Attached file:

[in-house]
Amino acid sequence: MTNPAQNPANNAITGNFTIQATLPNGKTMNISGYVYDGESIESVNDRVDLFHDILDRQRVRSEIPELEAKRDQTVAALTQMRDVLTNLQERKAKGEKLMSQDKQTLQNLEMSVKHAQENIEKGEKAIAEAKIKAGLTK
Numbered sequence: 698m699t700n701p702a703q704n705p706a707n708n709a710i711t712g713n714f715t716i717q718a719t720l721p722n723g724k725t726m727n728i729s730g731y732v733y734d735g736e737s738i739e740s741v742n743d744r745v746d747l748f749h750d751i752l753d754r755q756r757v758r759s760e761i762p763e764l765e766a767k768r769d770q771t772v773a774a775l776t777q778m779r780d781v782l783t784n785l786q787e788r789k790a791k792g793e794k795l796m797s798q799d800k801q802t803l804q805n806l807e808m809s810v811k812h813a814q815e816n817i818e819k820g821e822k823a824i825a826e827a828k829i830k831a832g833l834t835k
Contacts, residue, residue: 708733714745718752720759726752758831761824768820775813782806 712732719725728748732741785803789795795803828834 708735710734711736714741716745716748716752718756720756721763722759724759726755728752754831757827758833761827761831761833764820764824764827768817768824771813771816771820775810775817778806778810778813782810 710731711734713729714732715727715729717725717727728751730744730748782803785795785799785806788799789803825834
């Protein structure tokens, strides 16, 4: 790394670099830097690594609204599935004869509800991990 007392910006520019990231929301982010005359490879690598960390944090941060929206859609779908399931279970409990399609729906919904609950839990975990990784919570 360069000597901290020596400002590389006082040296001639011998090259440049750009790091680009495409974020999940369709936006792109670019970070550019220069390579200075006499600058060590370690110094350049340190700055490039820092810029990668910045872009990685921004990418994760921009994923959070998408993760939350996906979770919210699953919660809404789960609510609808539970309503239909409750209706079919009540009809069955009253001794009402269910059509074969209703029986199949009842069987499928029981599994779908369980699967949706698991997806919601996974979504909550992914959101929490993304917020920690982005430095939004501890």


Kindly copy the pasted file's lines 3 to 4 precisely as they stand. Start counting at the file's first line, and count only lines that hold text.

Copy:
Numbered sequence: 698m699t700n701p702a703q704n705p706a707n708n709a710i711t712g713n714f715t716i717q718a719t720l721p722n723g724k725t726m727n728i729s730g731y732v733y734d735g736e737s738i739e740s741v742n743d744r745v746d747l748f749h750d751i752l753d754r755q756r757v758r759s760e761i762p763e764l765e766a767k768r769d770q771t772v773a774a775l776t777q778m779r780d781v782l783t784n785l786q787e788r789k790a791k792g793e794k795l796m797s798q799d800k801q802t803l804q805n806l807e808m809s810v811k812h813a814q815e816n817i818e819k820g821e822k823a824i825a826e827a828k829i830k831a832g833l834t835k
Contacts, residue, residue: 708733714745718752720759726752758831761824768820775813782806 712732719725728748732741785803789795795803828834 708735710734711736714741716745716748716752718756720756721763722759724759726755728752754831757827758833761827761831761833764820764824764827768817768824771813771816771820775810775817778806778810778813782810 710731711734713729714732715727715729717725717727728751730744730748782803785795785799785806788799789803825834